When funds are raised for his salary, he would then be able to start work and be paid for his new position as a teacher’s assistant at SAMI, SOTA and IDEA.
Ham and others are organizing fundraising activities, art exhibits, travel arrangements and other logistics to get the family out of Afghanistan and to America.
Teaching in Tacoma
Once Abdul gets to the United States, he plans to land in Tacoma, where he can continue his passion for art.
Elements of Education agreed to make Abdul an employee, if funds for a salary were raised, Jon Ketler, co-director of Elements of Education said.
“We were happy to work with Abdul and Tim, if they could raise the funds of a salary to be paid through Elements of Education,” Ketler told The Gateway.
Abdul will be working in art classrooms, primarily at SOTA, alongside certified teachers as a teaching assistant.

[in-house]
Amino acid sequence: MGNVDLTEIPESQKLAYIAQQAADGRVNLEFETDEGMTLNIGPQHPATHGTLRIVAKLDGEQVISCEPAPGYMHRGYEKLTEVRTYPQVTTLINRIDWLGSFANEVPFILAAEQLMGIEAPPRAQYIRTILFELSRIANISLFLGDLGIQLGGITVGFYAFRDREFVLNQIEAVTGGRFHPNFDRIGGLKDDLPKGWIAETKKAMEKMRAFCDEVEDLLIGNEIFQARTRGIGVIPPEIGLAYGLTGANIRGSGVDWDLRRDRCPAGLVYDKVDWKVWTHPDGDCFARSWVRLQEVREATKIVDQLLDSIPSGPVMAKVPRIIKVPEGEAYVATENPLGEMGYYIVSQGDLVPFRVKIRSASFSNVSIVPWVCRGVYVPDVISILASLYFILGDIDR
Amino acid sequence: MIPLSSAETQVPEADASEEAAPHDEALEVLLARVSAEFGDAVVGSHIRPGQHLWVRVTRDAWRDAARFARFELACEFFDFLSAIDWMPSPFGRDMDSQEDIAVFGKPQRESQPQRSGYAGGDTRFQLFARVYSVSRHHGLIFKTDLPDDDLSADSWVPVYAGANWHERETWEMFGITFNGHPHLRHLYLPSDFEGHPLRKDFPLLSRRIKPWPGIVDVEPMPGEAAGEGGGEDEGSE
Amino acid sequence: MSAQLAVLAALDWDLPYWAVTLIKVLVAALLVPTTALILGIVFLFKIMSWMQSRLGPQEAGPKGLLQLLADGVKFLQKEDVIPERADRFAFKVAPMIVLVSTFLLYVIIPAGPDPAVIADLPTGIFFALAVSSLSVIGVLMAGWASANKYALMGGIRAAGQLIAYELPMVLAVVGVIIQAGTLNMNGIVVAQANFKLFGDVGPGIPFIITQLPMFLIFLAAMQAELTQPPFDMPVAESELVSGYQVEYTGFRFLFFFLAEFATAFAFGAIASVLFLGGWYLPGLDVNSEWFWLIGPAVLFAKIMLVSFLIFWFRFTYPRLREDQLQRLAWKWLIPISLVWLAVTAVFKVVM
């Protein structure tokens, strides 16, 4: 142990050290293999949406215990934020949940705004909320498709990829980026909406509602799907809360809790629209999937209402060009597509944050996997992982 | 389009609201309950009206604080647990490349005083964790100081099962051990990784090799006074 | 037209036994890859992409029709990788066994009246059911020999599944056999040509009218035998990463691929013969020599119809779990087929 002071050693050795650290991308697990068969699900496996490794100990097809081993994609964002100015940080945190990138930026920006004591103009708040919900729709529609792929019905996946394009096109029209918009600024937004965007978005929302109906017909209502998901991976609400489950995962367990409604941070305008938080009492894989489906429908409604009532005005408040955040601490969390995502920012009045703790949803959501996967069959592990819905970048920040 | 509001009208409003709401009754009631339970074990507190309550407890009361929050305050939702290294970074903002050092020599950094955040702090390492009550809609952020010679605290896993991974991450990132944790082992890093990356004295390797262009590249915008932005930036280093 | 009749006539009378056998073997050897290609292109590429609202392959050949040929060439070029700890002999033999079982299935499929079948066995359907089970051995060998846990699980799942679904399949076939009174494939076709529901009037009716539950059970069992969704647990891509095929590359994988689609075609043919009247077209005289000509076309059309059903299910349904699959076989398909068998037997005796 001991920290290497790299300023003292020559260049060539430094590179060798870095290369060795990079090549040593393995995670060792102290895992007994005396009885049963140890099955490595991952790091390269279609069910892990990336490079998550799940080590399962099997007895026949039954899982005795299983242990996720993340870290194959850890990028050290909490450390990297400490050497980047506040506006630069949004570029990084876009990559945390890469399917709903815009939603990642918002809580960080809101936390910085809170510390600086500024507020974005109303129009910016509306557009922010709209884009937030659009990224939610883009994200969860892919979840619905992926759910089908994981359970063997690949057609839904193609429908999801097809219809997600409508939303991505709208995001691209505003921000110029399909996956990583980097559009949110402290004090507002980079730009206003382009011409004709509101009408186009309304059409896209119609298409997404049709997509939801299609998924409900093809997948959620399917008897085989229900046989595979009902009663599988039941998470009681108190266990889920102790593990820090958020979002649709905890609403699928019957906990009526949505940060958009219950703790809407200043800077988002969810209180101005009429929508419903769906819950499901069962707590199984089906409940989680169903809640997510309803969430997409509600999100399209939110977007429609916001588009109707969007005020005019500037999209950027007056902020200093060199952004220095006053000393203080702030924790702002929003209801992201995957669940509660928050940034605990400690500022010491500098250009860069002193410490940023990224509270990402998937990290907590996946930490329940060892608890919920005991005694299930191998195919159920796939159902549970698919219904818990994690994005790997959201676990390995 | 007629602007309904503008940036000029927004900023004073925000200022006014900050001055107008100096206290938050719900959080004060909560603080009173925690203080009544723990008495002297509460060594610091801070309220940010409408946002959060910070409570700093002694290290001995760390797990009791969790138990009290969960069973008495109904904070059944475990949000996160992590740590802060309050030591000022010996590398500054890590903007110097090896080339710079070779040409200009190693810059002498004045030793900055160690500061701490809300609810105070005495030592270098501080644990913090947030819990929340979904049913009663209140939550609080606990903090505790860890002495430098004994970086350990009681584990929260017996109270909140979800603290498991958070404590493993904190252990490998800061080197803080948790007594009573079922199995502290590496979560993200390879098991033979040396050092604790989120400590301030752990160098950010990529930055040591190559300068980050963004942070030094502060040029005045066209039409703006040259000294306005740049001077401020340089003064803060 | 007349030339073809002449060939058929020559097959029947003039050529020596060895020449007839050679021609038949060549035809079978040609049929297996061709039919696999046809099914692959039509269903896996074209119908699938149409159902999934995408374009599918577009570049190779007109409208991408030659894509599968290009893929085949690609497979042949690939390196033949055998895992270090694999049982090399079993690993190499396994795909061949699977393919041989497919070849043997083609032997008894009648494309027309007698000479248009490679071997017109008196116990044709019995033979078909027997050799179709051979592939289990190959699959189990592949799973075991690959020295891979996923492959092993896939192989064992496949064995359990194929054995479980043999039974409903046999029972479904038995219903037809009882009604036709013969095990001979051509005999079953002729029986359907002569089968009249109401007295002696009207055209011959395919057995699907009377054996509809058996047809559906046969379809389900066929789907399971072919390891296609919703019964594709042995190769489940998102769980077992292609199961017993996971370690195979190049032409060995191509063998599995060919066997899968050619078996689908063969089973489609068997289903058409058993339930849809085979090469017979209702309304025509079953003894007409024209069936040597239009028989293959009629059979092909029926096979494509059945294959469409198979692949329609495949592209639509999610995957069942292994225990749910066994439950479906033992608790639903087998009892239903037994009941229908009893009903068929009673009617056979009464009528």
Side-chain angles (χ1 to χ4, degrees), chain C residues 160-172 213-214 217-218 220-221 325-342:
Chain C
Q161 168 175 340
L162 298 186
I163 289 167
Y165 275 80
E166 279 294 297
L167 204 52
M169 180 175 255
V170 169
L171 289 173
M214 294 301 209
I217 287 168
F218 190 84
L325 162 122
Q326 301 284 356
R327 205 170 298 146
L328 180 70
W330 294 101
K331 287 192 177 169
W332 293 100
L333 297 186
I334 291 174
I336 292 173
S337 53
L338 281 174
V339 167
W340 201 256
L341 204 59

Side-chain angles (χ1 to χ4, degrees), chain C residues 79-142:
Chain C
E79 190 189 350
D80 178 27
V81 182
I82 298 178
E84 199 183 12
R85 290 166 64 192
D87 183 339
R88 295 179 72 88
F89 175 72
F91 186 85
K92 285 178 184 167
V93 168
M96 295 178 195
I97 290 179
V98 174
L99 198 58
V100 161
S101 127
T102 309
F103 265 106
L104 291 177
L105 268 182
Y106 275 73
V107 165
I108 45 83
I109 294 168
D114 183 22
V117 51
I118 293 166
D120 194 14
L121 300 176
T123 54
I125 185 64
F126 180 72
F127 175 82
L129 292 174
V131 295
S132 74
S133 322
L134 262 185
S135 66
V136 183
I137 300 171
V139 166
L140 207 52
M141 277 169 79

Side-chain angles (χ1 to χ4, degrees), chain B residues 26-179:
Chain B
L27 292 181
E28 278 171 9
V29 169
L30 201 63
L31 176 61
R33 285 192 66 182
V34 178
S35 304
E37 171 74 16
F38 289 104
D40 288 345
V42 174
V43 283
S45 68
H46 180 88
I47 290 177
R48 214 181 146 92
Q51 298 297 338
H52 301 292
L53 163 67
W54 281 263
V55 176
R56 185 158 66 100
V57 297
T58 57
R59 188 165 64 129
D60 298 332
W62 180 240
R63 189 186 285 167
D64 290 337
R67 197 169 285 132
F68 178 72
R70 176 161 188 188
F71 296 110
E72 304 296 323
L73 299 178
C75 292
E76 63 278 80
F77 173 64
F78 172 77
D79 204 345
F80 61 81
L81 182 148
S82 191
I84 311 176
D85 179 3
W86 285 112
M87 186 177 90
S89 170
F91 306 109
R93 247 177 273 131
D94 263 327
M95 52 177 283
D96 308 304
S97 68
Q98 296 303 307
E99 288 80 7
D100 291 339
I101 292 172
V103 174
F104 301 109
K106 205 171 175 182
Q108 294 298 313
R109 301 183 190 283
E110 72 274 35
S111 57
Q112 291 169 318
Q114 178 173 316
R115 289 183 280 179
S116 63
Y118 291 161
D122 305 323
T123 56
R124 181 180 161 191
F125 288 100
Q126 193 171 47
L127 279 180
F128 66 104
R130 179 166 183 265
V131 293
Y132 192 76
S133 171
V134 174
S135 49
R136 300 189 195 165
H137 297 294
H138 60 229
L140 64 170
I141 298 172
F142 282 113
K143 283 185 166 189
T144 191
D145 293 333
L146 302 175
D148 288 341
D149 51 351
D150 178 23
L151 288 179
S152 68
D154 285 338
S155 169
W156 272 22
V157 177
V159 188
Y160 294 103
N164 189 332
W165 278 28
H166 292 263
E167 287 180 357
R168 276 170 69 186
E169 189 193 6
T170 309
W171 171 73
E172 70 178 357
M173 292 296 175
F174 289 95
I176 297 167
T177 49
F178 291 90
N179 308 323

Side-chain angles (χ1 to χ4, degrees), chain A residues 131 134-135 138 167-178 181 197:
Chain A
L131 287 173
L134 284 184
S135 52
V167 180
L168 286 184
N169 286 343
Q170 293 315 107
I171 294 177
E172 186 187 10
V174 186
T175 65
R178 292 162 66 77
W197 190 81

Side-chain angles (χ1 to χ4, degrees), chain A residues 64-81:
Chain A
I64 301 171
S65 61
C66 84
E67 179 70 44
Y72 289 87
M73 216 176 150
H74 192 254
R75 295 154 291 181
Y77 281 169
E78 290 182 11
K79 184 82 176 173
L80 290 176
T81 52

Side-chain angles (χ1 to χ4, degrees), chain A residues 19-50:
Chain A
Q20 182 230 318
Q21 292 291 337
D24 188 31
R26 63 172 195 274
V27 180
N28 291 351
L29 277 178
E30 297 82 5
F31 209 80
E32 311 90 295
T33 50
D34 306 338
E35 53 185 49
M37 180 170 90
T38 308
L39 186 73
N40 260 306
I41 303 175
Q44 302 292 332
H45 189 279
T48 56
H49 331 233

Abdul shipped 35 paintings to Ham to provide to significant donors to an account Elements of Education established for him. They’ve raised half of what they need, with $20,000 left to go.
After his first year in the United States with Elements of Education, it will be up to both parties if they want to continue the arrangement.
Abdul may have to consider additional educational opportunities to obtain teaching certificates to continue working as a teacher’s aid or as an art instructor in Washington schools.
“In the moments when I see the help and support of others to myself and my family, I feel that I am not alone, and I find hope for a better life and future,” Abdul said.
A chance to see Abdul’s paintings locally
Abdul’s artwork will be included in the 45th Annual Oldfield Art Show. This year the art show will be at the Washington State Fairgrounds in Puyallup, in the Fred Oldfield Western Heritage and Art Center, Oct. 1-15.
Abdul hopes to be in the United States with his family for the show.
They will showcase his Gig Harbor scene and include many of his portraits and other work, according to Joella Oldfield, the director of the center. They have also agreed to set aside space for an exhibit at the center for work by Abdul during the State Fair.